The ECG made easy for medical language professionals
This video is perfect for language professionals who want to find out more about medical terminology and enhance their translation value.
The 12-lead ECG is a common and routine test in modern clinical practice. ECG traces therefore often crop up in the medical reports we translate. A good grasp of the basics behind the heart’s electrical activity is essential.
This video is aimed both at beginner and more established medical and pharmaceutical translators and authors’ editors. It will give them a comprehensive picture of what lies behind a typical ECG trace in clinical
and pathological terms.
The video starts with a brief overview of the 4 heart chambers and their function. An elementary understanding of the blood flow cycle through the heart is essential before examining both normal and spurious ECGs. It then explains which part of the cycle each wave refers to before presenting a normal electrocardiogram. It will then do on to discuss abnormal traces of common conditions that crop up in daily practice (e.g. atrial fibrillation, left ventricular hypertrophy or left/right bundle branch block).
Jason Willis-Lee, MITI (www.jasonwillislee.com) graduated in physiology after training as a doctor for over three years at Bristol Medical School including one year’s full hospital training. He put in a brief stint as a clinical research associate before switching into applied linguistics and earning a postgraduate diploma in translating and interpreting from the University of Bath.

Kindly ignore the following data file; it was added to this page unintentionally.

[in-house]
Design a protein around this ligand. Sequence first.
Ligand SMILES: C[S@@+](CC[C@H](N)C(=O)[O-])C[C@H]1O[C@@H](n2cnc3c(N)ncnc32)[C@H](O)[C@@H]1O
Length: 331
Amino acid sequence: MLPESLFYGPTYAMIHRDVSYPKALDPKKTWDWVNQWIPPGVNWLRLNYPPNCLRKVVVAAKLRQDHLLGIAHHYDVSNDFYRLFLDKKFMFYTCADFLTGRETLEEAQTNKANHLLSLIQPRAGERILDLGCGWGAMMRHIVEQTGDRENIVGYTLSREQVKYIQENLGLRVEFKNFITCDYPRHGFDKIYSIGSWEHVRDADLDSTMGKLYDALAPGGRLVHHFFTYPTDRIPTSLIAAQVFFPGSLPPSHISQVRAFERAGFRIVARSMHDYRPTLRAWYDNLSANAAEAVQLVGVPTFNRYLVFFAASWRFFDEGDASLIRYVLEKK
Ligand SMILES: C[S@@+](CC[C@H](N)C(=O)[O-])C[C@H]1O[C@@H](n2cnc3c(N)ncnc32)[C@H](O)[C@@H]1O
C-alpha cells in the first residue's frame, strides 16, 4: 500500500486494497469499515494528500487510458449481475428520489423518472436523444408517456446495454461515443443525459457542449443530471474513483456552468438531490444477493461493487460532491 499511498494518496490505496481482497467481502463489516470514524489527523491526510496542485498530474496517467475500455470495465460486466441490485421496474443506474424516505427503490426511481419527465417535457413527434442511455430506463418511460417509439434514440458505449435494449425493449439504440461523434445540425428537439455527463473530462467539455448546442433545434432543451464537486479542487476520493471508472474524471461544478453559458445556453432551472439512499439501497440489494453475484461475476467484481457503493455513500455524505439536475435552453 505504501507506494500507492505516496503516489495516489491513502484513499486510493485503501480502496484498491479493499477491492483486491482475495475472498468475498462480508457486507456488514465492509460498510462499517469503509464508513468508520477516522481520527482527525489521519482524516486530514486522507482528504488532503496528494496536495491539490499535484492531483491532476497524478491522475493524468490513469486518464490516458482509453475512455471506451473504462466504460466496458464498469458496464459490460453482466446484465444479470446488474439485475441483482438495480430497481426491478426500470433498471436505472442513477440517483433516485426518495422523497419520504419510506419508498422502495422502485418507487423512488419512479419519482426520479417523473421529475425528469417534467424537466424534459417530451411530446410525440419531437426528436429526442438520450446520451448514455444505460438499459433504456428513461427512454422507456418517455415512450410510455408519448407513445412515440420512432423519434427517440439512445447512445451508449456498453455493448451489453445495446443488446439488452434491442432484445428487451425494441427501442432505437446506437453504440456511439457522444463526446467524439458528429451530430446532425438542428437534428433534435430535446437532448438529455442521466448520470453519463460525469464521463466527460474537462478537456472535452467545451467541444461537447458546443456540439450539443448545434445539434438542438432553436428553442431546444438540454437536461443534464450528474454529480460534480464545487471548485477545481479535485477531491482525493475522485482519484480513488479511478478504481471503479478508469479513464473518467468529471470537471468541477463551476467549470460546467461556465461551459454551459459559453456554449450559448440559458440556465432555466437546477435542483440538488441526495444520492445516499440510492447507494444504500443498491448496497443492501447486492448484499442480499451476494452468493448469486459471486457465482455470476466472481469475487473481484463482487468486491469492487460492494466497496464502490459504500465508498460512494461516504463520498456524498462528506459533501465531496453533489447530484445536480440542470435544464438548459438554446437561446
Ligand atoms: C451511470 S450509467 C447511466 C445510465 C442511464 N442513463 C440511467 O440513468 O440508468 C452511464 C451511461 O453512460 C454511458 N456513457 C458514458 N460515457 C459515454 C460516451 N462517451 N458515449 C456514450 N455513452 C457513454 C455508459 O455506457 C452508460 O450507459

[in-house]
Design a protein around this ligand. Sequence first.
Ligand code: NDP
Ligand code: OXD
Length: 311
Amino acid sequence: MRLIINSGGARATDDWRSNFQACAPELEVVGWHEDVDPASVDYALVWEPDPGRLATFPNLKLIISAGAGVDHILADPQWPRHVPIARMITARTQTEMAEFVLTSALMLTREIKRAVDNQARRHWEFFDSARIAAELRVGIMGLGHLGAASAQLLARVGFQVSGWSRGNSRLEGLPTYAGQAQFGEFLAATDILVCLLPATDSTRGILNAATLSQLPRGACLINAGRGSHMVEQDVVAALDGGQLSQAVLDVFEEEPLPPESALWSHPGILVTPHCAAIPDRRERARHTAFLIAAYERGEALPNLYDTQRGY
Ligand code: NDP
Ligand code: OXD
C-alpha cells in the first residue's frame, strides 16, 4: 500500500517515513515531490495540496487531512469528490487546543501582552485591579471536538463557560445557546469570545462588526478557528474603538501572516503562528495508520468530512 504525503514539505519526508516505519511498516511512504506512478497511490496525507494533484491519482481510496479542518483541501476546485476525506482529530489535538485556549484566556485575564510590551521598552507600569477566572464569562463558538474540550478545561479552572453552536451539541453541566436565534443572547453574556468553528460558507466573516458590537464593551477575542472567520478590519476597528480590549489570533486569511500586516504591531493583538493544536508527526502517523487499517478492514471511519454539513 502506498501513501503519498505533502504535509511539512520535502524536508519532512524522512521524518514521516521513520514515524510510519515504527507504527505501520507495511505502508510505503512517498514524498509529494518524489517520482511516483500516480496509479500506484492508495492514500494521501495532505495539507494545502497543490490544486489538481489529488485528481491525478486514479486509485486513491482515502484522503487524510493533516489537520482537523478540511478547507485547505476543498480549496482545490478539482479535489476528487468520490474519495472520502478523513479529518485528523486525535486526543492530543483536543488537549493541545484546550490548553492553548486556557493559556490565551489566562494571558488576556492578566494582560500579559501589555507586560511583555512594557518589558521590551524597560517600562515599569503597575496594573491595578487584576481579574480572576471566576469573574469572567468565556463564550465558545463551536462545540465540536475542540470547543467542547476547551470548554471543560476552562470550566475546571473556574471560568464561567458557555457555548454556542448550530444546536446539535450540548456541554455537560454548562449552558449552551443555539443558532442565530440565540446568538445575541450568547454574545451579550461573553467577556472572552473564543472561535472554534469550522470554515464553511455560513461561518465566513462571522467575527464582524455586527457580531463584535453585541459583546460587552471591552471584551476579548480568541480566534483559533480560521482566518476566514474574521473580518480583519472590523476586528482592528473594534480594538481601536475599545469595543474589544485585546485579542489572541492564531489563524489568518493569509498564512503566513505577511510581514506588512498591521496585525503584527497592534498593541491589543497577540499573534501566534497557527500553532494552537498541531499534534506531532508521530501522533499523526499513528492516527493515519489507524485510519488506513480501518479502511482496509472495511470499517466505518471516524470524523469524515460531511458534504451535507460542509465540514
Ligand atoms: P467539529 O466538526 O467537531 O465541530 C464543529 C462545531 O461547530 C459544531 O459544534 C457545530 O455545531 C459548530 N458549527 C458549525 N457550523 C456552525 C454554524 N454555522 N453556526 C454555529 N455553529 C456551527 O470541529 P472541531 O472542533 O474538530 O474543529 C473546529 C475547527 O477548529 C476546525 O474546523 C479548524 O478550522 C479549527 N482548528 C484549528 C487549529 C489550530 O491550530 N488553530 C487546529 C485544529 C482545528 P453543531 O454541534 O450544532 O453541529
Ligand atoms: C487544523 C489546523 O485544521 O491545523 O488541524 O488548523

He now works full time in Madrid as a self-employed Med Pharm translator (clinical trials, medical reports and research articles fields) in the Spanish-English and French-English language pairs. He has recently taken a livelier interest in training aspiring medical translators on medical topics and is working on developing a knack for explaining technical concepts to a lay audience.
Recent work of note includes a publication on best practices whilst working for Spanish/Latin American doctors seeking qualification before the British GMC (published in the ITI Bulletin Jan-Feb2016 Issue). He was a conference thread organiser at the Elia Together event held in Athens in February 2018. He is also joint founder of the collaborative networking translation project medico-legal translations (www.medicolegaltranslations.com).
Who should watch it?
Anybody who comes into contact with medical reports that contain ECG traces, those with a passing interest in
cardiovascular physiology or those curious in picking up knowledge over how to interpret their own ECG.
Especially aimed at students or newcomers to the profession interested in picking up a specialty in medical
What are the benefits to you?
More confidence when examining a normal ECG trace and enhanced ability to recognise the most common
abnormalities (tachycardia, bradycardia, etc). Ability to add considerable value to translations that involve
interpreting ECG traces.